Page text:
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S. G. Sloan A Co., Ine.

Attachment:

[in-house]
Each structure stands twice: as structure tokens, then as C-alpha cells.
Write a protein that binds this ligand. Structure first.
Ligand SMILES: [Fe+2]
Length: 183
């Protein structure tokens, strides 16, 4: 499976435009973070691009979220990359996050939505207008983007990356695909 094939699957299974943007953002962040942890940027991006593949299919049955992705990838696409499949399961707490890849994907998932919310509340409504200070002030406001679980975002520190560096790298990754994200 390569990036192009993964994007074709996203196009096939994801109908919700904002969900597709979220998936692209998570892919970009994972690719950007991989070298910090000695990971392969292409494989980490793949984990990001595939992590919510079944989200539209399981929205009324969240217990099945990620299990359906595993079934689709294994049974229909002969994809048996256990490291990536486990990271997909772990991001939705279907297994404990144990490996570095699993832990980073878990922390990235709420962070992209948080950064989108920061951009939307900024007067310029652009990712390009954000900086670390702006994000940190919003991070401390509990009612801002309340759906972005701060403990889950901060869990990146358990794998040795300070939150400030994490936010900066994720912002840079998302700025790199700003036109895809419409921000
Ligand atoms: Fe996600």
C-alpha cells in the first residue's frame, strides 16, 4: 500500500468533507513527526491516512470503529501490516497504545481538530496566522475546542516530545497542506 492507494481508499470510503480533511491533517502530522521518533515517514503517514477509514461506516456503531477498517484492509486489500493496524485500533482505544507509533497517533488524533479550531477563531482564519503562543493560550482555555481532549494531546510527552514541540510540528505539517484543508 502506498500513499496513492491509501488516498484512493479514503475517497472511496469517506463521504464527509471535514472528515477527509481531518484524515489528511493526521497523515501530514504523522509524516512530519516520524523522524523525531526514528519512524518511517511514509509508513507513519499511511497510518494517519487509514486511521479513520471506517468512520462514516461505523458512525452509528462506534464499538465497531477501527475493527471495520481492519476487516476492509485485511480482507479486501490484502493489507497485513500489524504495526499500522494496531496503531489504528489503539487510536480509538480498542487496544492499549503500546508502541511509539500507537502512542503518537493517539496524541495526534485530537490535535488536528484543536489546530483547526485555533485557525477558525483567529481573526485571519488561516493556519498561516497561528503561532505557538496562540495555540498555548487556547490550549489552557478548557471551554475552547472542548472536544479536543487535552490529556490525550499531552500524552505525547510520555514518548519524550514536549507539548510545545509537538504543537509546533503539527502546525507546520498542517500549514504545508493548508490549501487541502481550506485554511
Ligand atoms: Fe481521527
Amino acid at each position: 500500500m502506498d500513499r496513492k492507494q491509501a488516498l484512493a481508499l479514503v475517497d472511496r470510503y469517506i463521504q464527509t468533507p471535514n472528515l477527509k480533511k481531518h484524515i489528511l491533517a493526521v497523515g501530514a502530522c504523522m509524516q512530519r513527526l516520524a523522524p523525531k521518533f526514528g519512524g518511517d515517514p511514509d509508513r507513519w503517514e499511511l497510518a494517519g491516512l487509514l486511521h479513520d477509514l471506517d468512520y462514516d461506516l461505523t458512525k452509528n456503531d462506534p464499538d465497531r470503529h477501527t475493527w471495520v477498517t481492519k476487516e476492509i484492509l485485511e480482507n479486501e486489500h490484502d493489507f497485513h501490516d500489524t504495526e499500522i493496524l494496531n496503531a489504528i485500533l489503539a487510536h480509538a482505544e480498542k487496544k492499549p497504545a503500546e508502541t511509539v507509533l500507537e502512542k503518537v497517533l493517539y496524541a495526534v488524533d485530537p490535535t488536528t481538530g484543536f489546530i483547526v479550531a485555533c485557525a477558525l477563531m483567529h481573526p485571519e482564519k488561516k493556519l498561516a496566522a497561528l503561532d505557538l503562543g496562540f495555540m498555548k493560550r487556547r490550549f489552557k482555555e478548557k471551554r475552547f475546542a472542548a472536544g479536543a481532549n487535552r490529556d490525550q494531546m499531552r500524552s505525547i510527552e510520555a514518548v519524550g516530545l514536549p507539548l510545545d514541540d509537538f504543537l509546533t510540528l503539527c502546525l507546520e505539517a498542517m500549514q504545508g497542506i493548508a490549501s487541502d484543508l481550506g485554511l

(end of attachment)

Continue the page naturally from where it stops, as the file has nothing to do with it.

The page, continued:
netlonocra—Appraisers Large Sale Household Effects (or iB Parts of the Home, including Walnut, Mahogany end Other Bedroom and Dining Room Groups, Upholstered Daven ports and Chairs, Radios, Mir rors, Lamps, Desks, Drop leaf Tables, End and Coffee Tables, Old Chba Glassware, Bric-a-Brac including some Chinese Items, Dinette Suites, Porch Furniture, Secretaries, Console Tables, Cedar Chests, Bookcases, Pictures, Rugs, Etc. At Public Auction At Sloan's 715 13th St. Saturday October 1st At 10 A.M. Term* Cash. T*l. NA. 1468 C. G. Sloan A Co,, Inc.. Ancts. • Established 1801 Tokyo Rose Convicted Of Treason; Will Be Sentenced Thursday ■y the Auociotod Prut SAN FRANCISCO. Sept. 30.— Stony-faced Iva Toguri D’Aquino heard herself Convicted of treason last night—for telling American troops their ships had been sunk in Leyte Gulf and they were [“orphans of the Pacific.” A somewhat reluctant Federal [Court jury of six men and six [ women brought in the verdict after four days’ deliberation. A surprised “Oh!” of apparent dis appointment. swept the courtroom. Iva—Los Angeles-born and ed ucated—remained as stoic as she had during the 12-week trial. Head bowed, she said nothing. No tears. Later she told her attorney, “I can’t understand it.’ An appeal is planned. Thursday was set for sentencing. The minimum sentence would be five years’ imprisonment and a Vte fan* ofi MaZumaM^ ‘Jamotu Me*u) Weal VALUE... COMFORT... STYLE .. ALL 3 ARE YOURS IN THE NEW FALL SELECTIONS OF Camelot SUITS ONLY $59-50 A better selection than ever now available • GUN CHECKS • DIAGONAL WEAVES • SHARKSKINS • FLANNELS • GLEN PLAIDS University Shop IBS 6 STREET, N.W. Charge Accounts Welcomed $10,000 fine: the maximum death. But the Government did not ask the death penalty. “Did Only Thing Possible.” Foreman John Mann said the jurors would have liked to acquit the 33-year-old woman known to GI’s as Tokyo Rose, but “we did the only thing we thought pos sible under the judge’s instruc tions.” Actually, she was convicted on only one of the eight counts in the indictment. That one related to her broadcast from Radio T’oyko in October, 1944, about the Leyte Gulf battle. Kenkichi Oki, an official of Ra dio Tokyo, testified the defendant said, “Now you fellows have lost all your ships. You are really or phans of the Pacific. How do you think you are going to get home? • * •” That, the jury decided, was suf ficiently damaging to American morale to constitute treason. Her defense was based primarily on this contention. Her wartime broadcasts on the “Zero Hour” were harmless entertainment, and she and prisoners of war on the same program really tried to boost instead of lower morale. While Chief Prosecutor Tom De Wolfe termed the verdict “a just one for the United States.” De fense Attorney Wayne Collins called it “absolutely erroneous— unsupportable by any credible testimony.” Mr. Collins said he would file a motion for arrest of judgment, for a new trial and would appeal. Verdict Comes Suddenly. The verdict came with surpris ing suddenness. The courtroom, well packed during the trial, was far from full. Every one thought the jury was getting ready to re cess for dinner. The jury at no time had given any indication of its sentiment, although it frequently called for transcripts of testimony and for explanations of Judge Michael J. Roche’s instructions. Many observers thought late yesterday the jury was leaning toward acquittal. Only a few minutes before the verdict the jurors asked amplification of Only Suit Tokyo Rose Wore Had Woman Jurors Worried By tho Associated Press SAN FRANCISCO, Sept. 30. —All during her 12-week trea son trial, Iva D’Aquino wore the same gray plaid suit* with a double row of gilt buttons to match the gilt barrettes on her black hair. Usually she had a touch of white lace at her throat. The suit always looked neat and freshly pressed. One woman who wore a varied series of smart outfits in the jury-box confided to a reporter that the womes jurors felt “awfully worried because that little girl didn’t seem to have any other dress.” “We wanted to get some thing for her,” she said. “I’d have been glad to do it myself. But I suppose the prosecutors wouldn’t have liked it.” Judge Roche’s instruction which read: “Overt acts of an apparently incriminating character, when judged in the light of related events, may turn out to be acts which were not of aid and com fort to the enemy.” They asked the meaning of “re lated events.” Judge Roche merely told them not to single out a single instruc tion, or part of one, for guidance. He then suggested that they might like dinner and said he would await their decision wheth er they wished to continue work afterwards. Called “Arch Traitoress.” When they filed back in with coats on, it appeared they were en route to dinner. Clerk James P. Welsh seemed astonished when the foreman handed him the ver dict. The defendant, termed an “arch traitoress” and a “female Bene dict Arnold” by the prosecution, sat motionless as the separate verdicts were read on the eight counts—not guilty on seven, guilty on one. Inscrutable, she listened as the Judge thank the jury: “No jury in all the years of my experience has exercised more patience.” There was a brief consultation of lawyers and the decision on the sentence date. Then Mrs. D’Aquino was led downstairs, and soon afterwards hustled into the marshal’s van and back to the county jail. j Fire Prevention Exhibit A Are prevention demonstration will be given by Roy Allsopp of the National Mutual Fire Insur ance Co., at 3 p.m. tomorrow on the lot adjoining the Miller Build ing, Bethesda. A fire breaks out in the United States on the average of every 38 seconds. Enter fORDS Big 5(00,000 Car Safety Contest/ Drive in today for your FREE Safety Check-Up and Entry Blank. STEUART MOTORS KNOWS YOUR & EST J SAN FRANCISCO.—TOKYO ROSE AT END OF TRIAL—Mrs. Iva Toguri D’Aquino (Tokyo Rose) is escorted from Federal Court by Deputy Marshal Herbert Cole after having been convicted yesterday on one of eight counts of treason. —AP Wirephoto. Sir Leslie Rowan Coining Here as Deputy to Franks •y tht Associated Press LONDON, Sept. 30.—Sir Leslie Rowan, 41. Irish chief of Sir Staf ford Cripps’ personal stafl. is going to Washington as deputy to British Ambassador Sir Oliver Franks, It was announced today. Sir Leslie, who was a private secretary to former Prime Minis ter Winston Churchill, will “carry out arrangements for continuing consultation agreed upon at the tripartite talks In Washington,” an announcement from Prime Minister Attlee’s office said. He also has been appointed economic minister at the Washington Embassy. Buffalo Is Busy Although the port of Buffalo is frozen over four or five months a year, it handles more than 16, 000,000 tons of water-borne freight annually. ' - Jap War Criminal to Fiy To U. S. for Provoo Probe By ths Associated Press TOKYO, Sept. 30.—Seitaro Fujita, convincted war criminal, is getting out of Sugamo prison to take a plane trip to Washing ton. He is one of 11 Japanese leav ing tomorrow to appear before a grand jury investigating col laboration charges against a former American soldier, John David Provoo, 33. They are due in Washington Monday. Provoo was captured on Cor regidor in 1942. He is accused of serving Japan thereafter as a propagandist. The group of witnesses includes Ruth Hakakawa, Nobuo Fujimura, Norizane Ikeda, Masayoshi Morino, Takaji Domoto, Naomichi Siyoshi, George Uno, Lily Ghevenian, Shigetsugu Tsuneishl, Tokokazu Nakata and Fujita. India produced 550,000,000 tons, of tea in 1948. Silent Minutes tor Prayer j Weighed by U.N. Assembly By »h» Associated Press LAKE SUCCESS, N. Y., Sept. 10.—The United Nations Assembly s on its way to having silent ninutes for prayer or meditation it each session. The Legal Committee yesterday ipproved and sent to the General Assembly a recommendation that •very Assembly meeting open and dose with a minute of silence for prayer or meditation by delegates, who represent every faith and creed. The committee voted 44 to 0 for the recommendation after Secre tary-General Trygve Lie’s legal expert told the members the dele gates could pray, meditate or just let their minds wander during the silent minutes. Seven nations did not vote on the proposal. They were Yugo slavia, Russia, White Russia, the Soviet Ukraine, Poland, Czecho slovakia and Uruguay. Matt Winn's Condition Takes Turn for Worse By the Associated Press LOUISVILLE, Ky. Sept. 30.— The condition of Col. Matt J. Winn, 88, impresario of the Ken tucky Derby who recently under went two major operations, took a turn for the worse early today. Authorties at St. Joseph Hos pital said Col. Winn was “a little weaker." 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